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United States And The Friends Of Syria Plan

Syrian Allies Remain Obstacles

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Updated February 27, 2012

United States Secretary of State Hillary Clinton unveiled a new plan of action against Syria's dictator President Bashar al-Assad at the "Friends of Syria" meeting between U.S., European, and Arab representatives in Tunisia February 24. The meeting came even as Assad ordered loyal forces to continue shelling Syrian rebels in the beleaguered city of Homs.

Still, Clinton expressed the frustration that all of the "friends" nations are feeling at the slow progress against Assad.

Assad began military action against insurgents in March 2011 as the democratic impulses of Arab Spring spread into Syria. To date, some 8,500 people have died in the violence.

In a February 2012 meeting of the United Nations Security Council, Russia and China vetoed an Arab League plan that would have called for Assad to turn over power to a successor. The veto left the Arab League, U.S., and other western nations seemingly powerless to oust Assad.

The Friends of Syria plan also seems impotent in the face of Assad's brutality.

Clinton's Friends of Syria Plan

Clinton outlined three areas of action against Assad. They include:

  • Humanitarian relief
  • Increased pressure on Assad
  • Preparation for a "democratic transition" in Syria

Humanitarian Relief

Clinton announced that the U.S. is prepared to send $10 million to Syria to "quickly scale up humanitarian efforts." She said the money would help build medical facilities and train emergency personnel, provide clean water, food, shelter, and hygiene kits.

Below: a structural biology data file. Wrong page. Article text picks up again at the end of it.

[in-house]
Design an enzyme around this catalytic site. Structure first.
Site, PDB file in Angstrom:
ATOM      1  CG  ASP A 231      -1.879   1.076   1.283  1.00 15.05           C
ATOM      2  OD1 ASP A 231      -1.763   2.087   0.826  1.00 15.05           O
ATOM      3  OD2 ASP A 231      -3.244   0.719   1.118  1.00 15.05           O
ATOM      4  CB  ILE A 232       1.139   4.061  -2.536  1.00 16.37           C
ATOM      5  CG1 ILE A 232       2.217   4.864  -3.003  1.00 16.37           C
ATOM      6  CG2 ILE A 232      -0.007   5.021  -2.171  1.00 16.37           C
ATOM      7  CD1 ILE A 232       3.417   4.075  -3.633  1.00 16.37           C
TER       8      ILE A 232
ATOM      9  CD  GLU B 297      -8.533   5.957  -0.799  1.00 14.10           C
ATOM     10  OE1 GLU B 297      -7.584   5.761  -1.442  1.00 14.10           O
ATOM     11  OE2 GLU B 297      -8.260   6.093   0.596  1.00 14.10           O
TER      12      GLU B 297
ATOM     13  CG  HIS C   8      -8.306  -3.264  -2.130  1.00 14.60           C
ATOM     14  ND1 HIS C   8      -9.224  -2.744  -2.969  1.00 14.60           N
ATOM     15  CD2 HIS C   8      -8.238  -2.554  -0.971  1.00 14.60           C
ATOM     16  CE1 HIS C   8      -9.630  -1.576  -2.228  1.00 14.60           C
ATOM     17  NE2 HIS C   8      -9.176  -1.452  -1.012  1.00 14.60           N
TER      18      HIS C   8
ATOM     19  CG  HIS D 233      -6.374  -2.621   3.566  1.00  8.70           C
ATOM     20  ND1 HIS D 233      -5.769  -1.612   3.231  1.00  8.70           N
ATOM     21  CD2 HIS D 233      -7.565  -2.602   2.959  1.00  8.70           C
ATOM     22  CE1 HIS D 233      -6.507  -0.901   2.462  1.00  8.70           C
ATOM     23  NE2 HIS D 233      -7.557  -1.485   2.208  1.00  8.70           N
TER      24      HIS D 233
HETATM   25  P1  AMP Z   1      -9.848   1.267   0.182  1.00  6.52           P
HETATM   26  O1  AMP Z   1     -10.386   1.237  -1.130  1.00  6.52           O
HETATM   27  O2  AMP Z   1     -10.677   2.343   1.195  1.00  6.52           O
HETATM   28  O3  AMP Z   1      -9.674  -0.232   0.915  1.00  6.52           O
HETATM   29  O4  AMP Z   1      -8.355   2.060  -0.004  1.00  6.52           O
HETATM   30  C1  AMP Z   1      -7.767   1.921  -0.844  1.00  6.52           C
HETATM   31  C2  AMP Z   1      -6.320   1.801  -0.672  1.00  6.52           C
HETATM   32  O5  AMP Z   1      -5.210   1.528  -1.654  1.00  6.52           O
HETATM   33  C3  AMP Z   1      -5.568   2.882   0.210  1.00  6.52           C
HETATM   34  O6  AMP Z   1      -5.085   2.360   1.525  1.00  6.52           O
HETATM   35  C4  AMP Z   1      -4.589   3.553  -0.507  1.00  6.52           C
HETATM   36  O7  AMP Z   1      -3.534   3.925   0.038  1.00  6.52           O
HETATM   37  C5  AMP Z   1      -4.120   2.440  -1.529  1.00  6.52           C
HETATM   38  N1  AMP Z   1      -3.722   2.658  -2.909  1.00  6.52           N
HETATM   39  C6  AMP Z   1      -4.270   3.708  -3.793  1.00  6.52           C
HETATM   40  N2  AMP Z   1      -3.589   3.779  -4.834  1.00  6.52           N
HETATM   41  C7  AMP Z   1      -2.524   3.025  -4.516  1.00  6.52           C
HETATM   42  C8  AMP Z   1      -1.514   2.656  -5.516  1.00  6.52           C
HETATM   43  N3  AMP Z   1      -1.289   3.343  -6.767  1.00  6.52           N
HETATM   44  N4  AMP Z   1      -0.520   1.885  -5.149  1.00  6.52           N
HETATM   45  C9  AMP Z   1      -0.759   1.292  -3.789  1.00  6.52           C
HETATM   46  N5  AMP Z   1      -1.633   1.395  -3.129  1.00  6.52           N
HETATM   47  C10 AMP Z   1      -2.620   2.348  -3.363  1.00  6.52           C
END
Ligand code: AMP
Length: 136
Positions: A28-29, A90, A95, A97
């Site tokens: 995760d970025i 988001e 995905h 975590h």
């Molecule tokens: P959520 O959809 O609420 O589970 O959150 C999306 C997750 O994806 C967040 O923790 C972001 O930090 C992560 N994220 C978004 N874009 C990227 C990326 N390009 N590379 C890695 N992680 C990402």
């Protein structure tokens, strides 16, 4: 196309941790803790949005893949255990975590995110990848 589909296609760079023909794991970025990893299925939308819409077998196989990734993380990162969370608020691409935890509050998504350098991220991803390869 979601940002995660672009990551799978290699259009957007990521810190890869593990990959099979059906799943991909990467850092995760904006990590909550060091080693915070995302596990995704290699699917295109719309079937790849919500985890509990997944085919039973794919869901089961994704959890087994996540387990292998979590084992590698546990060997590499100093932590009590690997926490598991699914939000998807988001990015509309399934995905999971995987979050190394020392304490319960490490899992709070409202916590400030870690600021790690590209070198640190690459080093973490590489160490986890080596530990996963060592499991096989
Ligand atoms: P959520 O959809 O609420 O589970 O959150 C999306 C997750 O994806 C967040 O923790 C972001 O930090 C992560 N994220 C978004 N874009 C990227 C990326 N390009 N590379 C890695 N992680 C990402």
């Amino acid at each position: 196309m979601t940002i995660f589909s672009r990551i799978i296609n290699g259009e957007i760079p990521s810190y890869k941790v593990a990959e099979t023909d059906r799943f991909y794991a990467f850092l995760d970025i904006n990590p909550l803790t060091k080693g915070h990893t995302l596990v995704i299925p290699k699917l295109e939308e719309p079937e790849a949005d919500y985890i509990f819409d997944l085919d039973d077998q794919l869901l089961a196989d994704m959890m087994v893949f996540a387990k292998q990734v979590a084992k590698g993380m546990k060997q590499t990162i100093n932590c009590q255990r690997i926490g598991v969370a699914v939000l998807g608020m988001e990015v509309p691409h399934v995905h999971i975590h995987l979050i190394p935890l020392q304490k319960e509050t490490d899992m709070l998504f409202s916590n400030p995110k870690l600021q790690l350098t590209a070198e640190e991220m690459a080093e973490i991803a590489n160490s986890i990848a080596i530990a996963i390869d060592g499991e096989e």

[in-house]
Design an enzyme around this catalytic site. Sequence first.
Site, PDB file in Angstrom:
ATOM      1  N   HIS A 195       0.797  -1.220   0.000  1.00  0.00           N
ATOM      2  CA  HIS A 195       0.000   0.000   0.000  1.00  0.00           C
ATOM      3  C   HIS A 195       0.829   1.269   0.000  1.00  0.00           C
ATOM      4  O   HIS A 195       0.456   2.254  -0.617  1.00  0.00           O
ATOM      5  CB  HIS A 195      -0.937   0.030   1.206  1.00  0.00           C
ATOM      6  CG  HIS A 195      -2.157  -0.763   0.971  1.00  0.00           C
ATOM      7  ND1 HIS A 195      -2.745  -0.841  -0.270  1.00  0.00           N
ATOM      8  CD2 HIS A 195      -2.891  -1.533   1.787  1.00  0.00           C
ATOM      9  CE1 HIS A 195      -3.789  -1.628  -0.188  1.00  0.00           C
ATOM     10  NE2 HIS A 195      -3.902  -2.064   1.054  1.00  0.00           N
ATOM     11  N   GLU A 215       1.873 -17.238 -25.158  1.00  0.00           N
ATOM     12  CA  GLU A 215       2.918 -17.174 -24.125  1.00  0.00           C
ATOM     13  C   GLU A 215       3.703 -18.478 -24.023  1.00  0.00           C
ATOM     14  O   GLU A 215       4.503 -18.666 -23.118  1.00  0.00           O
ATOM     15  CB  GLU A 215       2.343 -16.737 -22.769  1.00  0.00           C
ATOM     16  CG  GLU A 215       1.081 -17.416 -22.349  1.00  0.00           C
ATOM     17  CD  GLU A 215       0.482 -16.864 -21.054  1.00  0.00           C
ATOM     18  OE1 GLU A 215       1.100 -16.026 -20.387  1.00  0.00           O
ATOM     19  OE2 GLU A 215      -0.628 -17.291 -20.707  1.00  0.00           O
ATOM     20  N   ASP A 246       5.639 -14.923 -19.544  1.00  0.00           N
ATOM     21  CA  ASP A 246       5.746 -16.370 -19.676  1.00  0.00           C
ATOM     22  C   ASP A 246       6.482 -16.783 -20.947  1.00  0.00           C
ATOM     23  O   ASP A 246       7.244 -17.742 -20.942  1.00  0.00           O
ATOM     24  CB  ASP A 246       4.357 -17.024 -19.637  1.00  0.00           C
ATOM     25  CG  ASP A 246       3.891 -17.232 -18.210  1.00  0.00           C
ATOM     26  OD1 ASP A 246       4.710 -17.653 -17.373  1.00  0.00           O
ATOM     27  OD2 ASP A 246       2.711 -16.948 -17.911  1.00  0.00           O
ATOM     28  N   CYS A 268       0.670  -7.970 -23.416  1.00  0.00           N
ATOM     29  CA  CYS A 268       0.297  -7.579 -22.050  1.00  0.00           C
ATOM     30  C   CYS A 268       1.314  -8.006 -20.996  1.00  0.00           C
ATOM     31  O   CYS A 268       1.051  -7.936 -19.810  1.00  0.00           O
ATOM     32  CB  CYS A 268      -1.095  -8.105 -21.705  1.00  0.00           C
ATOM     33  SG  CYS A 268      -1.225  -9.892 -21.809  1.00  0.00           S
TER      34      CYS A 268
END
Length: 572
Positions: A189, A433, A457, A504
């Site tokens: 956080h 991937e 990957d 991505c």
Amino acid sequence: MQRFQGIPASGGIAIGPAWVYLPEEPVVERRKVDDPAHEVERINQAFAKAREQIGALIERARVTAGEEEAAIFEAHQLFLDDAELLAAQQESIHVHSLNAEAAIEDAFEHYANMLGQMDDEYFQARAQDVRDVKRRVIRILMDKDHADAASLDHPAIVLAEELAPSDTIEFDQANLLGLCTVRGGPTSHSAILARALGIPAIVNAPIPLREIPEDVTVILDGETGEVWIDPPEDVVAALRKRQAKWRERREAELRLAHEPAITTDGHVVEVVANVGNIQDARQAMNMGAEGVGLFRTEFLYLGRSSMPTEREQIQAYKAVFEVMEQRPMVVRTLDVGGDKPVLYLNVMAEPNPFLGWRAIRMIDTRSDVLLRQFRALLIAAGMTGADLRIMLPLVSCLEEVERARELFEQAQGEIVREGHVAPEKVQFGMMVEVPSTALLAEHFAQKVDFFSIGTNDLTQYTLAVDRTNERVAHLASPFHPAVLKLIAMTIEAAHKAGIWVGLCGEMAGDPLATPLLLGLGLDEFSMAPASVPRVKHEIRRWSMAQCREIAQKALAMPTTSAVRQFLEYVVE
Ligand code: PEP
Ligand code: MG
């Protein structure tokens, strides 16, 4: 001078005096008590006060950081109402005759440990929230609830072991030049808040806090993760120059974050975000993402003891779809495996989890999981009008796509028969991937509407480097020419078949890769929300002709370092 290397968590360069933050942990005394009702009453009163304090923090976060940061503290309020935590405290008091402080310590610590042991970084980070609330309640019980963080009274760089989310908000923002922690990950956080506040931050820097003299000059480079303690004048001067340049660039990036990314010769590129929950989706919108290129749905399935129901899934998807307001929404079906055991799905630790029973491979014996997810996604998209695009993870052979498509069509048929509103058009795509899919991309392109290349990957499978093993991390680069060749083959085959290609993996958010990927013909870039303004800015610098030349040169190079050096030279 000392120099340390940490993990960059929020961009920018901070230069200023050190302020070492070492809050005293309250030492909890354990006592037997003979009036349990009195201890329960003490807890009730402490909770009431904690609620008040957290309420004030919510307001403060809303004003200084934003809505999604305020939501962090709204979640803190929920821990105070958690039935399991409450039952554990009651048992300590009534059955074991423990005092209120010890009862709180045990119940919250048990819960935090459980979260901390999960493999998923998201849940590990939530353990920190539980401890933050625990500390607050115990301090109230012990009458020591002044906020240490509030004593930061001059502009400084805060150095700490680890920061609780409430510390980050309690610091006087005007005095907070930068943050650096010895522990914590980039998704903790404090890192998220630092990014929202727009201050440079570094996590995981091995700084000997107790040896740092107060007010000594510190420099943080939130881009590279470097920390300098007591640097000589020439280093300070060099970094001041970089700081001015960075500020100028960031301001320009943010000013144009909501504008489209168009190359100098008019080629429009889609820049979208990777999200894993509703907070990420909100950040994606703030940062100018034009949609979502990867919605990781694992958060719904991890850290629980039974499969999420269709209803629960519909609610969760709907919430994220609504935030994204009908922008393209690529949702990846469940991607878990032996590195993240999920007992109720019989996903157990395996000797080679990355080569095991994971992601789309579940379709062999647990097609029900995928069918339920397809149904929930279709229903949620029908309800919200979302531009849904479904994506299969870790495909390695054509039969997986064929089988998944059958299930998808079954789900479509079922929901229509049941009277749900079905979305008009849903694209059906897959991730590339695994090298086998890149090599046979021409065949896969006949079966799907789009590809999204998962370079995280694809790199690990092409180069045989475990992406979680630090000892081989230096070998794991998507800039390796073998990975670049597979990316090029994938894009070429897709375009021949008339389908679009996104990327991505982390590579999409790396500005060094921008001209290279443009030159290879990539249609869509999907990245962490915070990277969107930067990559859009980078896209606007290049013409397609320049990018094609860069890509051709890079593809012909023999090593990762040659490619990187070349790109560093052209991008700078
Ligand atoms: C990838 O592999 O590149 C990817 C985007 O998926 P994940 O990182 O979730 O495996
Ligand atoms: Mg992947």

Clinton, however, acknowledged that getting such humanitarian aid into Syria will be problematic.

Pressure On Assad

The United States and European Union already have sanctions against Syria in an attempt to keep oil sales from funding Assad's violence. Clinton indicated that other pressure on Assad would have to come from inside. She said the Friends coalition hopes to strip internal support away from Assad.

"We have a lot of contacts, as do other countries, a lot of sources within the Syrian Government and the business community and the minority communities," Clinton told CNN. "And our very clear message is the same to all of them. You cannot continue to support this illegitimate regime, because it's going to fall, so be part of an opposition that can try to have a path forward that will protect the rights of all Syrians."

Clinton said that pressure on Assad includes "deepening" the isolation of his regime. That's difficult with support from Russia and China. Clinton condemned "those nations that continue to protect and arm the regime."

Preparation For Democratic Transition

When the U.S. and NATO intervened on behalf of Libyan rebels fighting Muammar Qaddafi in 2011, it did so with the coordination of the opposition Libyan National Council. Anti-Assad forces have formed a Syrian National Council, but Clinton said they are not as well-organized as the Libyan council.

Clinton said, however, that the Syrian National Council "is articulating a plan for the future, starting with an effective transition." She said a truly democratic Syria without Assad cannot exist without such preparation."

Sham Referendum

In the meantime, Assad's regime allowed a public referendum on Sunday, February 26, that would liberalize the government. Assad, who took power upon the death of his father Hafez al-Assad in 2000, rules through the Ba'ath party which enables him to control rival Islamic factions. (Saddam Hussein did much the same in Iraq.)

The referendum would allow multiple parties in the Syrian government, as well as place term limits on the presidency.

Most Syrian observers do not believe the referendum will lead to true reform, or that Assad will relinquish control.

Clinton and other western representatives have called the referendum a "sham."

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